“I got here last Monday and got tested Tuesday and they told me I was good to go Thursday,” Mariners outfielder Braden Bishop said. “You give your sample, you drop it in a bag and then you don’t see it. You don’t see where it goes, who takes it and you don’t know how it gets to where it needs to get to. You just have to trust that it does.


“The tough part is that nobody has been through this, no team has been through this, the league hasn’t been through it, and players haven’t been through it. We are all kind of learning on the fly, but virus doesn’t give you a chance to learn on the fly. It’s serious. Luckily, we haven’t had any issues.” 

Teams have been frustrated with the process, believing it leads to speculation and assumptions if a player is absent from the field and the reason can’t be discussed. But this is the rule in place.

With reports of testing problems coming out of multiple cities and teams announcing delays to workouts while they await results, MLB released a statement Monday:

“As of today, more than 95% of the tests under the Intake Screening period have been conducted, analyzed and shared with all 30 Clubs. All of the individuals among the 95% have now moved on to the phase that will test them every other day. The remaining number of outstanding tests are expected to be completed today. 

“Our plan required extensive delivery and shipping services, including proactive special accommodations to account for the holiday weekend. The vast majority of those deliveries occurred without incident and allowed the protocols to function as planned. Unfortunately, several situations included unforeseen delays. We have addressed the delays caused by the holiday weekend and do not expect a recurrence. We commend the affected Clubs that responded properly by canceling workouts.

“We appreciate the great cooperation from the players as well as the hard work of the Clubs and many internal and external staff members under these challenging circumstances. The process has not been without some unforeseen difficulties, which are being addressed with the service providers that are essential to the execution of the protocols. It is important to be mindful that nearly all of the individuals have been tested as planned. The health and safety of our players and employees will remain our highest priorities.”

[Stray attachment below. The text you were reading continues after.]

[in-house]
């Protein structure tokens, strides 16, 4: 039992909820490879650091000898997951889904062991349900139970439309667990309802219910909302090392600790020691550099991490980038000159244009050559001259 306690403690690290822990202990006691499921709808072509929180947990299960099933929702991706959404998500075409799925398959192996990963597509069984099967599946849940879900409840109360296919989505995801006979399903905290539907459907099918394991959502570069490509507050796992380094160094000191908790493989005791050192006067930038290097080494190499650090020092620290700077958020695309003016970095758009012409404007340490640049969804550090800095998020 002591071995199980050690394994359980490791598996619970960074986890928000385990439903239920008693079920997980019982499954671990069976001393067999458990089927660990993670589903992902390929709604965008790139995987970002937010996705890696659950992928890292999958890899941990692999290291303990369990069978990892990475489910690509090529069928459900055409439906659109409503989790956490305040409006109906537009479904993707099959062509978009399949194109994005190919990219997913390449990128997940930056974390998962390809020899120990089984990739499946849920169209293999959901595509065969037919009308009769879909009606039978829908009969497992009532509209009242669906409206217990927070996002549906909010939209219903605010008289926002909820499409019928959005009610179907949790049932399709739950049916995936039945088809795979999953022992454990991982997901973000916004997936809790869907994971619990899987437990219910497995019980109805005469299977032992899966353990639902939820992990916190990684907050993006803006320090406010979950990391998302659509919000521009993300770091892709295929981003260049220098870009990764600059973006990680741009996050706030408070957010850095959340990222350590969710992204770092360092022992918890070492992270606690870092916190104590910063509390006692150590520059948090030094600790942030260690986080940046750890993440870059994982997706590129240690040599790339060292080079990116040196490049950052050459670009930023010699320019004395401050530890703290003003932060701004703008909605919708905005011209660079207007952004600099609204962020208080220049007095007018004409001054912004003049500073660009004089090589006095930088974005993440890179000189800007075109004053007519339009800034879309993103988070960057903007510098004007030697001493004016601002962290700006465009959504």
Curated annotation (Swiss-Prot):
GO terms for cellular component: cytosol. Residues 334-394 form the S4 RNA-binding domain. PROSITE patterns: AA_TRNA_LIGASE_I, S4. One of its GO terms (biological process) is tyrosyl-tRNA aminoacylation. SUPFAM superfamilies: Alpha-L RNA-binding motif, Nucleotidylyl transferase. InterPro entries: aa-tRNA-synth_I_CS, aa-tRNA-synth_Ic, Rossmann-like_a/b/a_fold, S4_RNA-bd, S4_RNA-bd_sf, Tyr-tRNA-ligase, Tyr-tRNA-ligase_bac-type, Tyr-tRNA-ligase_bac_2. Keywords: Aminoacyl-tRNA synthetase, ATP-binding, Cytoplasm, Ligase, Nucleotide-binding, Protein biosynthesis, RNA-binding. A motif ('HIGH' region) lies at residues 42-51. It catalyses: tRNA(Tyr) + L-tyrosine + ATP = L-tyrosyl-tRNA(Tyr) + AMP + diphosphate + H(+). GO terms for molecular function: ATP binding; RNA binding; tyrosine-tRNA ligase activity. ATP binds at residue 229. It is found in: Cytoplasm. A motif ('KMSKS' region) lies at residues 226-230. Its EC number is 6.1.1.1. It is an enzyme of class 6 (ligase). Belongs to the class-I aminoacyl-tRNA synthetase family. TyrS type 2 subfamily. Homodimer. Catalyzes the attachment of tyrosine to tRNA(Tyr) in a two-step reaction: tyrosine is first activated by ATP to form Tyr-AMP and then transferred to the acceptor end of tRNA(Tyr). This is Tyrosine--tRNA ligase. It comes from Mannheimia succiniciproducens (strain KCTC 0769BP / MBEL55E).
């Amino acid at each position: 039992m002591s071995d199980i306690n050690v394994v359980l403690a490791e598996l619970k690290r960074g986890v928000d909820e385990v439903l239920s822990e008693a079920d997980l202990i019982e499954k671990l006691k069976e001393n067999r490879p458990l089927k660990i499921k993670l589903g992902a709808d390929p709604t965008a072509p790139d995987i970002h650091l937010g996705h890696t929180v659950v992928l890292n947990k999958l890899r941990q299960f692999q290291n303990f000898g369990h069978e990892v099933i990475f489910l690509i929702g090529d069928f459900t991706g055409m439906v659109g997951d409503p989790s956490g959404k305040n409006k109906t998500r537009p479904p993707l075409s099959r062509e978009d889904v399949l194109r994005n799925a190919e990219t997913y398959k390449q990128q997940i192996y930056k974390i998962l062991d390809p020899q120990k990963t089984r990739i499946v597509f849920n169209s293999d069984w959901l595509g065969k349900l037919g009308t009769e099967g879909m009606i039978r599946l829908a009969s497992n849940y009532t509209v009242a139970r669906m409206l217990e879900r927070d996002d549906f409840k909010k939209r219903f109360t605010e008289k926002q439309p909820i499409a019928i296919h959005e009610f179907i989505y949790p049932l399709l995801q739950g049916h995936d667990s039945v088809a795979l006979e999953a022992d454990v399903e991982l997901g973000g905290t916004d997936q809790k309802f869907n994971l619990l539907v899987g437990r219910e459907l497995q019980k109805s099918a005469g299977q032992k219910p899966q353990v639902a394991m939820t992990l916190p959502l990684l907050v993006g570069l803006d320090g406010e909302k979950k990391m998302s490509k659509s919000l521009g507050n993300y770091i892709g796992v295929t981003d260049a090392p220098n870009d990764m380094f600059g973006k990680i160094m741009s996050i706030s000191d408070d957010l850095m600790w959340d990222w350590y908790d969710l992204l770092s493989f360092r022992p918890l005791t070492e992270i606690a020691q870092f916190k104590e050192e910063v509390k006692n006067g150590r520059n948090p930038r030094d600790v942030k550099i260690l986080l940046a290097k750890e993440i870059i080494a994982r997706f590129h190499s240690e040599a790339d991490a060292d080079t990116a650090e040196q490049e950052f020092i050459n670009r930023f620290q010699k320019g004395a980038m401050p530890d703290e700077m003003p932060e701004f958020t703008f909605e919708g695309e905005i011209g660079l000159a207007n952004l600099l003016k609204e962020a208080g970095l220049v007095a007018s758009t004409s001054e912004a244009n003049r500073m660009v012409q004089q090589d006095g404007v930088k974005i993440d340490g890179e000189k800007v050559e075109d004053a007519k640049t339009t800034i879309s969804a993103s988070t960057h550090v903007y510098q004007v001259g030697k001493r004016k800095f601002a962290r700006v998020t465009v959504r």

Following are other notes from MLB about the testing process:

  • MLB collected 3,740 Intake Screening samples during the seven-day period between June 27  and July 3, representing all 30 clubs. As of the end of Sunday, the Utah laboratory had reported results for 98% (3,654/3,740) of these samples. The majority of these samples were reported the day after the sample collections occurred.
  •  86 results of these samples (2%) remained pending as of Monday morning. We anticipate that the lab will report the remainder of these pending results Monday afternoon.
  •  Pursuant to the Operations Manual, MLB and the MLBPA shifted from intake testing to regular asymptomatic monitoring as of July 3, and will now be on an every-other-day testing schedule for all players and Tier 1 staff until the end of the 2020 World Series. Due to the holiday weekend, the Joint Committee advised CDT to test all clubs one time between July 3 and July 5, and to begin the every-other-day schedule July 6.
  • The Utah laboratory is conducting a level of analysis and turnaround time that is unprecedented in COVID testing, including providing an extra layer of confirmation for all positive test results to rule out false positive concerns. The laboratory is operating on a seven-day-a-week schedule from July 5 through the end of the World Series.